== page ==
For a brief time in March 2000, Cisco Systems was the largest company in the world, with a market capitalization of $555 billion. Business experts attributed its spectacular performance to visionary leadership, an extraordinary culture, and unparalleled customer focus. Less than a year later, as Cisco’s stock price tanked and sales plummeted, those same experts said its problems were due to an arrogant leader, a dysfunctional culture and a lack of customer focus. Did Cisco really change so drastically overnight, or were its critics blinded by the halo effect?
The halo effect is “the general human tendency to let an overall impression shape specific judgments,” says Phil Rosenzweig, author of The Halo Effect…and the Eight Other Business Delusions that Deceive Managers
(Free Press, 2007). To get a sense of what that means, consider the following example Rosenzweig gives in his book. A researcher conducted an experiment that asked groups of participants to perform a certain activity. Then, the researcher randomly told some participants that they had done well and others that they had done poorly—when in fact, all participants had done equally well.
When asked to describe how well their team had worked together, the groups that had been told they had done well reported that their team was highly cohesive, with good communication
and superior motivation. But the groups that had been told they had done poorly reported that their group lacked cohesion and suffered from poor communication
and a lack of motivation. Knowledge of the outcome, in other words, had biased each team’s interpretation of their performance.
“In fact, a lot of the things that we say drive business performance are actually attributions based on performance,” says Rosenzweig, a professor of strategy and international management at the International Institute for Management Development in Lausanne, Switzerland. “That’s simply because there’s a lot of things in business—leadership, corporate culture, execution—that are kind of fuzzy concepts. It’s hard to measure them separately from company performance.”
In the example of Cisco, observers attributed its strong performance to strong leadership, among other factors. In actuality, it was the reverse—the company’s performance enhanced the general perception of Cisco’s leadership.
According to Rosenzweig, the halo effect pervades many best-selling books, such as Built to Last
and In Search of Excellence
, that purport to explain the secrets of high performing companies. Such books tout their claims as backed by careful research, but the data on which they base their findings is seriously flawed.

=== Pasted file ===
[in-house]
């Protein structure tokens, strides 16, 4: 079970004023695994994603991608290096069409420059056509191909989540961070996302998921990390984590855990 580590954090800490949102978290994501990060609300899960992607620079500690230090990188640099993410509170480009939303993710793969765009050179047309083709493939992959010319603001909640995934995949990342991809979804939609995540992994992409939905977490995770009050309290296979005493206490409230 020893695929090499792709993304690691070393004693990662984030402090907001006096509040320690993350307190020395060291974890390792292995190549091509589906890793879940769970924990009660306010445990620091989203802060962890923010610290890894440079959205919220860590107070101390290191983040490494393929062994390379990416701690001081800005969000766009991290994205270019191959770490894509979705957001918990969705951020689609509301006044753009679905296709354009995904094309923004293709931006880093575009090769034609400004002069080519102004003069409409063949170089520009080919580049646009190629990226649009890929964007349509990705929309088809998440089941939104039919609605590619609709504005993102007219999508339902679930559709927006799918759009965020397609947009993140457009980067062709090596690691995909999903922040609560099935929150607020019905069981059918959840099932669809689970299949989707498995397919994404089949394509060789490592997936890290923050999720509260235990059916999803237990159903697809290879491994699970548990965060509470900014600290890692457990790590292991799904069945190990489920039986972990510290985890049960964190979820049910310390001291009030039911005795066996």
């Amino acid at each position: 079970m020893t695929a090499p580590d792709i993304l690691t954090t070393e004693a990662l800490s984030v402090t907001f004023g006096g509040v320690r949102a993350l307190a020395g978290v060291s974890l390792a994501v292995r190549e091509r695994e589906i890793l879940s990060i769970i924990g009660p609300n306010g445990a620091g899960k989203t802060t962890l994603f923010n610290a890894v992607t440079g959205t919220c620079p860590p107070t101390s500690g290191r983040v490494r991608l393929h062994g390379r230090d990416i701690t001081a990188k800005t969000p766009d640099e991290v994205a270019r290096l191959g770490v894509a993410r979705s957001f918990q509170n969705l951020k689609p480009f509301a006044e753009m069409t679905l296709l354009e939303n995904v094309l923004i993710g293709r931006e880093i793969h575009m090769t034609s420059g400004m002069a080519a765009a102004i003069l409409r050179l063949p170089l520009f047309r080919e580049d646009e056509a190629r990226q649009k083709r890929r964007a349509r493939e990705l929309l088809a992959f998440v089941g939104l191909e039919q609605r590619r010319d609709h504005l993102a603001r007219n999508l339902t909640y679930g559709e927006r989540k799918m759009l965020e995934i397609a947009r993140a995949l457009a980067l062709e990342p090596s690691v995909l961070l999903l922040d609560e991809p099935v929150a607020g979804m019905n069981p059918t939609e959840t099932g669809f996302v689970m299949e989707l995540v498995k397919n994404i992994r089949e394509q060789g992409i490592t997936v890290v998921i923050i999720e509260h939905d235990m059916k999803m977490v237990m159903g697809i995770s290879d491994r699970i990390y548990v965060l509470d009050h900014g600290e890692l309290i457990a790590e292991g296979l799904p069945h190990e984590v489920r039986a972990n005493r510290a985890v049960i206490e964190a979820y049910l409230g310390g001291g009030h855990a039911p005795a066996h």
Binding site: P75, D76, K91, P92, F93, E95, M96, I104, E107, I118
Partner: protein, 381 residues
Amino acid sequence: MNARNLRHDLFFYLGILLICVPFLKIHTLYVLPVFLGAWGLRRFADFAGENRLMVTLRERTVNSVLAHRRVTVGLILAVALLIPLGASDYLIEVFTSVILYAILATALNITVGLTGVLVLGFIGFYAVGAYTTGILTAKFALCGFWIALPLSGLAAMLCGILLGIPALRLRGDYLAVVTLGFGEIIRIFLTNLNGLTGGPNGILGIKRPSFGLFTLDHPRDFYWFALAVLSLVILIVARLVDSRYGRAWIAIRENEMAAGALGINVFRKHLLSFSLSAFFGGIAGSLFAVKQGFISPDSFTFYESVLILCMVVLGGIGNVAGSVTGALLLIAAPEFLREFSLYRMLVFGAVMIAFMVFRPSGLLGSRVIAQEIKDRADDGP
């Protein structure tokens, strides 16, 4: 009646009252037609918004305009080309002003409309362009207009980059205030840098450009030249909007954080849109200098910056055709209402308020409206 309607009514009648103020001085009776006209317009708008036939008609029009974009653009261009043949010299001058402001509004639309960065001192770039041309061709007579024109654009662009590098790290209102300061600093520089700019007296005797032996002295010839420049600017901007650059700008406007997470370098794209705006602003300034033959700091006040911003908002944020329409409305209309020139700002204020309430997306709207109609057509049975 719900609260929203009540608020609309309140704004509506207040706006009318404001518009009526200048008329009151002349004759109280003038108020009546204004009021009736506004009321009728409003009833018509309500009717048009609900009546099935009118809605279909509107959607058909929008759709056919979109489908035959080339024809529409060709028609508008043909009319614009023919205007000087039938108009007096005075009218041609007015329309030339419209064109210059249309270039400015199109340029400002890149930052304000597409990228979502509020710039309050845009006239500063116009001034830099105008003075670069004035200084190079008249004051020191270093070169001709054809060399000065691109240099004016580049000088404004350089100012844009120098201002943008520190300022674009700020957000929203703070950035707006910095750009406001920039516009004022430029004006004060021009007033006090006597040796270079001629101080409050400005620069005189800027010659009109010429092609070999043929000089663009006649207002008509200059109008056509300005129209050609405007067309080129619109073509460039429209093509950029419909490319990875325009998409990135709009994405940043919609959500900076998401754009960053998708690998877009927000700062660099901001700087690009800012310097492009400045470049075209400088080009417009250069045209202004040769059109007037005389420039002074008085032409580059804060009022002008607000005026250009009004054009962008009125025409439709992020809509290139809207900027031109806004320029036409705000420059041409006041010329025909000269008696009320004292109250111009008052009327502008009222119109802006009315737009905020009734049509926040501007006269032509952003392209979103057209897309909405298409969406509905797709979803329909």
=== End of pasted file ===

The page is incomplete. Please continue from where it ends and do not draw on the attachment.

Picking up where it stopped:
“The first time I read [Built to Last
] I thought it was pretty good, but I had the feeling that there was something wrong that I couldn’t quite put my finger on,” says Rosenzweig. “After a while, I realized what the problem was. The book was presenting itself as rigorous research, but I realized that there was a problem with the quality of the data. The quantity of the data was impressive, but the quality wasn’t very good.”
The problem is that such books are drawn in large part from sources that are prone to seeing halos. The business press is one such flawed source. Publications such as BusinessWeek
routinely write glowing reviews of successful companies, crediting their performance to leadership and culture. Taking that judgment at face value, management gurus make it the basis of the “immutable laws of high performance” promised in their books. The claim that great leadership leads inevitably to great performance, for example, is presented as absolute and ironclad.
As comforting as it might be to believe that there are guaranteed ways to achieve high performance, the reality, however, is different. “What those books leave out is some things that don’t fit into the neat formulas that they want to offer,” Rosenzweig says. “It’s also important to make choices under uncertain conditions that involve risk. A lot of these books don’t want to talk about that, because they want to present the idea that if you do these six things, or these eight things, there will be predictable results that follow. That’s just wrong. It’s wrong because performance is relative, not absolute, and in a competitive market economy you have to think about rivals.”
Rosenzweig is careful to point out that he doesn’t necessarily disagree with the fundamental argument that factors such as leadership and culture are related to high performance, only with the idea that the relationship is one of causality. “The danger there is that we use terms without defining them well,” says Rosenzweig. “We assume that there’s a causality in one direction when in fact it may be in the other. We don’t force ourselves to use concepts in a rigorous and valid fashion.”
While such books can have value as inspirational tales, Rosenzweig says, they don’t have much to offer in the way of strategic direction. “Business performance is fundamentally relative,” he says. “There’s nothing in the analysis of these books that gives room for uncertainty and good choices that go bad, and that’s part of business. You can make good choices that turn out badly, but the fact that they turned out badly doesn’t mean they were bad choices.”